I am a runner, and recently I have had several close calls on the road with hybrid cars, such as the Toyota Prius. Hybrid cars are quieter, and the quietness of these cars could increase the risk of pedestrian accidents.
This concern was recently noted by David Strickland, the new administrator of the National Highway Traffic Safety Administration. Speaking at the Society of Automotive Engineers World Congress, Strickland said that the NHTSA was conducting research with respect to hybrid vehicles and risks to pedestrian safety. Although there does not appear to be any statistics that confirm an increased number of auto/pedestrian accidents due to hybrid vehicles, the quietness of these vehicles are definitely a concern for pedestrian safety. Quieter vehicles could pose a risk to pedestrians in a cross walk, and also to children who might be less conscious of a vehicle approaching. The NHTSA is reportedly considering measures to address the concern of quiet vehicle contributing to pedestrian accidents, including researching whether a requirement to add a “noise emitting system” to hybrid vehicles is a good idea.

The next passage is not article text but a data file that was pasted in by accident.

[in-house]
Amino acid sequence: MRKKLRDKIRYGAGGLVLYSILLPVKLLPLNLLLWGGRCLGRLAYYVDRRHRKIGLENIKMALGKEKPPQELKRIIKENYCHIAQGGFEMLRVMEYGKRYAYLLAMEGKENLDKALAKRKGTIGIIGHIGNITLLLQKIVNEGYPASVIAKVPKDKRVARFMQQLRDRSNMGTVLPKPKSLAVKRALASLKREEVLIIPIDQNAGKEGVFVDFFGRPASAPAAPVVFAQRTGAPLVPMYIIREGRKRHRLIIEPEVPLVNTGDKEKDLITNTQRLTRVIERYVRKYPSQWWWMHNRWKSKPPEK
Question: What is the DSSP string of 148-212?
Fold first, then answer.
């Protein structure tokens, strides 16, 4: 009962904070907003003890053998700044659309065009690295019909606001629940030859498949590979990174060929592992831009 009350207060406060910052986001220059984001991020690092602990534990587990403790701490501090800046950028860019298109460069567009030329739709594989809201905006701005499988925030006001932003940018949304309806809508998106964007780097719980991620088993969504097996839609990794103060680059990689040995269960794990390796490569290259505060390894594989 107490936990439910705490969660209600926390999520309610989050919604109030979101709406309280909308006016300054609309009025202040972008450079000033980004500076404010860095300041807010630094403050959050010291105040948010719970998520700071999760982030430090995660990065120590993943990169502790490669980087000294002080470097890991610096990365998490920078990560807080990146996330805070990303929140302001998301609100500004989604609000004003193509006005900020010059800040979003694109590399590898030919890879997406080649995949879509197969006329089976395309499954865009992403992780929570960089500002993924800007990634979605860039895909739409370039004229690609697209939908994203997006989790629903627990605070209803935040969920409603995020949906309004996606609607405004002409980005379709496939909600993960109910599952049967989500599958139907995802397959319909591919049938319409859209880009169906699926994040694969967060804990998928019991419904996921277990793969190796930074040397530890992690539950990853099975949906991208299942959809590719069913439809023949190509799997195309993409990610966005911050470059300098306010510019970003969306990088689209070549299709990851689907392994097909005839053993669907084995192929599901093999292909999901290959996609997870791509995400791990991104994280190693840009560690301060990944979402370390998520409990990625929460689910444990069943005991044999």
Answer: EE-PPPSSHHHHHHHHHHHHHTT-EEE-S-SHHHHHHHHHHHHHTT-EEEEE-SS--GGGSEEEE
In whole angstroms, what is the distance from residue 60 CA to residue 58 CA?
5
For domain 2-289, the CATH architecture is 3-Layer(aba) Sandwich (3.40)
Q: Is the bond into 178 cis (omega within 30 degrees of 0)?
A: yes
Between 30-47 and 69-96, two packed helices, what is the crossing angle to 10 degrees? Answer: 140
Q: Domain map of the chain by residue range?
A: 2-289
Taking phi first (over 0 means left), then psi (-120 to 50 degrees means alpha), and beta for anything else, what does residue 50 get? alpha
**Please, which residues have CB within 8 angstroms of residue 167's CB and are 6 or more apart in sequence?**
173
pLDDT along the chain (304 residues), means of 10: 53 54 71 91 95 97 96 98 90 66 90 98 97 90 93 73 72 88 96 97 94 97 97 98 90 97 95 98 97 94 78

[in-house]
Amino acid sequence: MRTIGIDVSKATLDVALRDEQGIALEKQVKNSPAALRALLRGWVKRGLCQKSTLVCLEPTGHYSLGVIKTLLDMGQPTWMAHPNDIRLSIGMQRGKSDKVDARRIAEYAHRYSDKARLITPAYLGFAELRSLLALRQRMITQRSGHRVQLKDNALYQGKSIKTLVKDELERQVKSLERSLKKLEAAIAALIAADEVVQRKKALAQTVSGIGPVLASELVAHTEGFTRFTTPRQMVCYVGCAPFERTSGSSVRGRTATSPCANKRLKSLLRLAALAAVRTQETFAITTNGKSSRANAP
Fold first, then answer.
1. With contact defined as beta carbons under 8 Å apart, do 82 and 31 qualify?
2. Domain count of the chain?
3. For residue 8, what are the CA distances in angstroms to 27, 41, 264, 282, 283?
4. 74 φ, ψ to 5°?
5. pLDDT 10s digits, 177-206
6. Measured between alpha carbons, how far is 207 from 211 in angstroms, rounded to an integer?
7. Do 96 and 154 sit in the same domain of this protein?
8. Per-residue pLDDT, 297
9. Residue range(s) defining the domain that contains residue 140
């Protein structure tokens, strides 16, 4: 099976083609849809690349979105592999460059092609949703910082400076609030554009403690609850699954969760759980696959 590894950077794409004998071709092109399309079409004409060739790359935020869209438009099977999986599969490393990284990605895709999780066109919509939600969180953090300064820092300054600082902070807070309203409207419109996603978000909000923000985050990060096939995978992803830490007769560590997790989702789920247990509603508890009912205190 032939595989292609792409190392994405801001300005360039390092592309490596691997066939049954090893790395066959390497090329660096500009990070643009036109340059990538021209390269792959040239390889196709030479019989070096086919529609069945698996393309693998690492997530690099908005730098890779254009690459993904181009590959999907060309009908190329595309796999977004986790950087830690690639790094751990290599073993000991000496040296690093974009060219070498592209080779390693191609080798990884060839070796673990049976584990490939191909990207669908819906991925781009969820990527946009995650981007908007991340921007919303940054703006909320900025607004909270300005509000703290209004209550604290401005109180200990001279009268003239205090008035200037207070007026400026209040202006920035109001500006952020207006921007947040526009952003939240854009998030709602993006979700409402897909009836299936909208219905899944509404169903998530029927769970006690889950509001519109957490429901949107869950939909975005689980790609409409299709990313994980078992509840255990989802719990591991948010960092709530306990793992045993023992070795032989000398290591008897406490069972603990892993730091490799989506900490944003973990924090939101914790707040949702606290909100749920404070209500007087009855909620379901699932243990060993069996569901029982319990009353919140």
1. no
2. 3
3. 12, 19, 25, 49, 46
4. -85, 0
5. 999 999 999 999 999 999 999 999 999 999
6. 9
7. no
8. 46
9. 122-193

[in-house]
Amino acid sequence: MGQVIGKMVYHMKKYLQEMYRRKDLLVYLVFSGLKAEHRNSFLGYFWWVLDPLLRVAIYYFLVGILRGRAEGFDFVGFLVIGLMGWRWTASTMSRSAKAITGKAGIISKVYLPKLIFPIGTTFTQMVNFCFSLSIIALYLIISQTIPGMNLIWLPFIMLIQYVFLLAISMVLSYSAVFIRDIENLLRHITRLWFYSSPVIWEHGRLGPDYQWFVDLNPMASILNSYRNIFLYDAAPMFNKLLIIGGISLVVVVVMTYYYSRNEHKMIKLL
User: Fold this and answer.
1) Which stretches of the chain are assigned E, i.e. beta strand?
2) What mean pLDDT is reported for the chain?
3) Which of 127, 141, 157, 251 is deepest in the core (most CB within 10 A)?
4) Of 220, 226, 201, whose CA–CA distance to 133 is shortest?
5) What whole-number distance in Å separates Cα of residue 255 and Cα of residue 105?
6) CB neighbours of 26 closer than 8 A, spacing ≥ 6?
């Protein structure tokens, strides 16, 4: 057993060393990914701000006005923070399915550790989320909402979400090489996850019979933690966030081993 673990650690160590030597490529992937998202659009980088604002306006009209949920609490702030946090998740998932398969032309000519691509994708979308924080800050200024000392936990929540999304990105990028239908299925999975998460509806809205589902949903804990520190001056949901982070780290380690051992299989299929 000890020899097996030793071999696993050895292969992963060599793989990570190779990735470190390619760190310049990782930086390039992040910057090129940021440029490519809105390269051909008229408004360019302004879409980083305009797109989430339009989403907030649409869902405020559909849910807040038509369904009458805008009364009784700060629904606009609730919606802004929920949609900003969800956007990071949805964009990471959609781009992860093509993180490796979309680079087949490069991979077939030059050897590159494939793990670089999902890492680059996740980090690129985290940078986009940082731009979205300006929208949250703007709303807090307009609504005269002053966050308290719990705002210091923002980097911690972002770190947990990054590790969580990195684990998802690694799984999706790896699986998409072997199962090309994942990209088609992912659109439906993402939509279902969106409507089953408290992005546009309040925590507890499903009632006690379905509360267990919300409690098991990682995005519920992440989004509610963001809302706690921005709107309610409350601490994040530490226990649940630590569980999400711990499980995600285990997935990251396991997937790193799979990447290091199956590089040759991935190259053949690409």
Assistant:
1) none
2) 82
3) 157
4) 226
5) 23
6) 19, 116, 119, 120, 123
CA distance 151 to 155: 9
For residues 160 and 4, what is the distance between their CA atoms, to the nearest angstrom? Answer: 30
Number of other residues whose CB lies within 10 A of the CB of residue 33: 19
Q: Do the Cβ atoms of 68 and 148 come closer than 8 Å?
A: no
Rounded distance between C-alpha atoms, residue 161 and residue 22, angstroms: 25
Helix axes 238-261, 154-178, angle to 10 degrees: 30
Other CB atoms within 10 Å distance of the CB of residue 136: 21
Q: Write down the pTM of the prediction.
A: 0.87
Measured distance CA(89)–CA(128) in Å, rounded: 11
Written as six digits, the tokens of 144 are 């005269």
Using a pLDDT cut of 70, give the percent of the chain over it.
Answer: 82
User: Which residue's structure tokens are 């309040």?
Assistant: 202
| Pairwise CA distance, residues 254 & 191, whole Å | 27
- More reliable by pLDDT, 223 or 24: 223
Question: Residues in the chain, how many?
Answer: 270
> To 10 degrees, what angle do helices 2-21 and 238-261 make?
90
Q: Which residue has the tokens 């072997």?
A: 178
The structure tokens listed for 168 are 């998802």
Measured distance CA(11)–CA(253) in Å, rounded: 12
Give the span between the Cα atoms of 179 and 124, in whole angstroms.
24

In past years when running on the roads, I had a pretty good sense of where cars were even if I could not see them. With the increased number of hybrid vehicles on the road, extra caution is required to insure that a pedestrian-auto accident is avoided.